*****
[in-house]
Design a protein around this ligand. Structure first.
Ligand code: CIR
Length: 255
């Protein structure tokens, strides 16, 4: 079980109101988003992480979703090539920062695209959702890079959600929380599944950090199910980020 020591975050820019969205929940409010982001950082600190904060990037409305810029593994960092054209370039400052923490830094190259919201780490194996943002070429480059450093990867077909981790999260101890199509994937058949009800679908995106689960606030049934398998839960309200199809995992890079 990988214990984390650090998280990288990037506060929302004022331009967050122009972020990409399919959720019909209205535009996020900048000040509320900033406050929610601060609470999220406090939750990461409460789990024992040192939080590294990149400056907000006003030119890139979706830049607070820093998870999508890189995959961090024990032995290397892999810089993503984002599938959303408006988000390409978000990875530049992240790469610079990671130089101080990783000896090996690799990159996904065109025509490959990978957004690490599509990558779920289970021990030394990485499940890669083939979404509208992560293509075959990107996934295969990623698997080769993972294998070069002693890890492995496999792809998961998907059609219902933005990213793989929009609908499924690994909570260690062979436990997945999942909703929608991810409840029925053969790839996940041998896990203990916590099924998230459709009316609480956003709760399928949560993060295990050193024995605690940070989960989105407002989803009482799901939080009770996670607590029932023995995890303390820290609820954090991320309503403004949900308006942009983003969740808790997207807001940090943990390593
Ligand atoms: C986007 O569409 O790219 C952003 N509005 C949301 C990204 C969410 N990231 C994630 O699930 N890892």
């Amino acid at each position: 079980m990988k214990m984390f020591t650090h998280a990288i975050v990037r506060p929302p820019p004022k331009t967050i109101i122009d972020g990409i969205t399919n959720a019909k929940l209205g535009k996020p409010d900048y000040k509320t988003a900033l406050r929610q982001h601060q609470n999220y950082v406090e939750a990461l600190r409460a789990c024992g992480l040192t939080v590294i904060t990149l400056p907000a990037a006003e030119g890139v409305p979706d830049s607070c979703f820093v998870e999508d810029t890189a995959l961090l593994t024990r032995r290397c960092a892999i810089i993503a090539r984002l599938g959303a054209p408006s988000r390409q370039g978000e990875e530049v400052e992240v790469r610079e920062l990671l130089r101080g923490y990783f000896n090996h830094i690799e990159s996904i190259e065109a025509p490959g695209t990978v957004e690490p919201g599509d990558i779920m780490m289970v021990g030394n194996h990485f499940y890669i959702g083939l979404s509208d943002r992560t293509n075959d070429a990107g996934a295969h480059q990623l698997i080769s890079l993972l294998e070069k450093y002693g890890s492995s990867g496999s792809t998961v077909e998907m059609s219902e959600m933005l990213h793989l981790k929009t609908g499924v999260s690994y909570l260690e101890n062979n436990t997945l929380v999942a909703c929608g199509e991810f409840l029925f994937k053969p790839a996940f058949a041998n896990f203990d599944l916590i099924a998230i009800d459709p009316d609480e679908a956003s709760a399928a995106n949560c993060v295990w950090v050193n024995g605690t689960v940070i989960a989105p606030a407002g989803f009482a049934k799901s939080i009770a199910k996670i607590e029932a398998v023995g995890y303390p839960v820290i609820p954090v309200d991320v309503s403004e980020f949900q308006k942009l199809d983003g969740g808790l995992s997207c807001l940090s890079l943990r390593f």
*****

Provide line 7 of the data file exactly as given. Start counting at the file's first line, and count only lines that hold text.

């Amino acid at each position: 079980m990988k214990m984390f020591t650090h998280a990288i975050v990037r506060p929302p820019p004022k331009t967050i109101i122009d972020g990409i969205t399919n959720a019909k929940l209205g535009k996020p409010d900048y000040k509320t988003a900033l406050r929610q982001h601060q609470n999220y950082v406090e939750a990461l600190r409460a789990c024992g992480l040192t939080v590294i904060t990149l400056p907000a990037a006003e030119g890139v409305p979706d830049s607070c979703f820093v998870e999508d810029t890189a995959l961090l593994t024990r032995r290397c960092a892999i810089i993503a090539r984002l599938g959303a054209p408006s988000r390409q370039g978000e990875e530049v400052e992240v790469r610079e920062l990671l130089r101080g923490y990783f000896n090996h830094i690799e990159s996904i190259e065109a025509p490959g695209t990978v957004e690490p919201g599509d990558i779920m780490m289970v021990g030394n194996h990485f499940y890669i959702g083939l979404s509208d943002r992560t293509n075959d070429a990107g996934a295969h480059q990623l698997i080769s890079l993972l294998e070069k450093y002693g890890s492995s990867g496999s792809t998961v077909e998907m059609s219902e959600m933005l990213h793989l981790k929009t609908g499924v999260s690994y909570l260690e101890n062979n436990t997945l929380v999942a909703c929608g199509e991810f409840l029925f994937k053969p790839a996940f058949a041998n896990f203990d599944l916590i099924a998230i009800d459709p009316d609480e679908a956003s709760a399928a995106n949560c993060v295990w950090v050193n024995g605690t689960v940070i989960a989105p606030a407002g989803f009482a049934k799901s939080i009770a199910k996670i607590e029932a398998v023995g995890y303390p839960v820290i609820p954090v309200d991320v309503s403004e980020f949900q308006k942009l199809d983003g969740g808790l995992s997207c807001l940090s890079l943990r390593f």